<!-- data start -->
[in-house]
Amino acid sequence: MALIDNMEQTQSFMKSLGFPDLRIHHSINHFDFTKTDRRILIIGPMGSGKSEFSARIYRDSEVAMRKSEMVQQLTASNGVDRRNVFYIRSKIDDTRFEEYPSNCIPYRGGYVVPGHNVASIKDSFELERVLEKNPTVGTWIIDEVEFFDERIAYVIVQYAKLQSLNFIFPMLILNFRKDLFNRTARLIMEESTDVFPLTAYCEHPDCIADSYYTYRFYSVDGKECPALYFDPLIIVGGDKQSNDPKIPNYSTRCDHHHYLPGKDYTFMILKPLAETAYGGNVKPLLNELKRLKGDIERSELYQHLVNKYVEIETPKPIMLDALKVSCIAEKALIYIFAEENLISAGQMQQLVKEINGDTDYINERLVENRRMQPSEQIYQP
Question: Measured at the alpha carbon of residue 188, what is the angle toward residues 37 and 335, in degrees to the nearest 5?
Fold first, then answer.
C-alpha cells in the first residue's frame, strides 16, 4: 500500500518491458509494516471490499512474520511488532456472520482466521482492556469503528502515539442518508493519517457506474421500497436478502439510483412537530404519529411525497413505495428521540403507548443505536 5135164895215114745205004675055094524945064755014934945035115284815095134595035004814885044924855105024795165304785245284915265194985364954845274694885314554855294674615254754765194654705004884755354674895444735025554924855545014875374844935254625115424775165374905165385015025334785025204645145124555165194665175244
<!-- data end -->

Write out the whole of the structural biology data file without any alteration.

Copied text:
[in-house]
Amino acid sequence: MALIDNMEQTQSFMKSLGFPDLRIHHSINHFDFTKTDRRILIIGPMGSGKSEFSARIYRDSEVAMRKSEMVQQLTASNGVDRRNVFYIRSKIDDTRFEEYPSNCIPYRGGYVVPGHNVASIKDSFELERVLEKNPTVGTWIIDEVEFFDERIAYVIVQYAKLQSLNFIFPMLILNFRKDLFNRTARLIMEESTDVFPLTAYCEHPDCIADSYYTYRFYSVDGKECPALYFDPLIIVGGDKQSNDPKIPNYSTRCDHHHYLPGKDYTFMILKPLAETAYGGNVKPLLNELKRLKGDIERSELYQHLVNKYVEIETPKPIMLDALKVSCIAEKALIYIFAEENLISAGQMQQLVKEINGDTDYINERLVENRRMQPSEQIYQP
Question: Measured at the alpha carbon of residue 188, what is the angle toward residues 37 and 335, in degrees to the nearest 5?
Fold first, then answer.
C-alpha cells in the first residue's frame, strides 16, 4: 500500500518491458509494516471490499512474520511488532456472520482466521482492556469503528502515539442518508493519517457506474421500497436478502439510483412537530404519529411525497413505495428521540403507548443505536 5135164895215114745205004675055094524945064755014934945035115284815095134595035004814885044924855105024795165304785245284915265194985364954845274694885314554855294674615254754765194654705004884755354674895444735025554924855545014875374844935254625115424775165374905165385015025334785025204645145124555165194665175244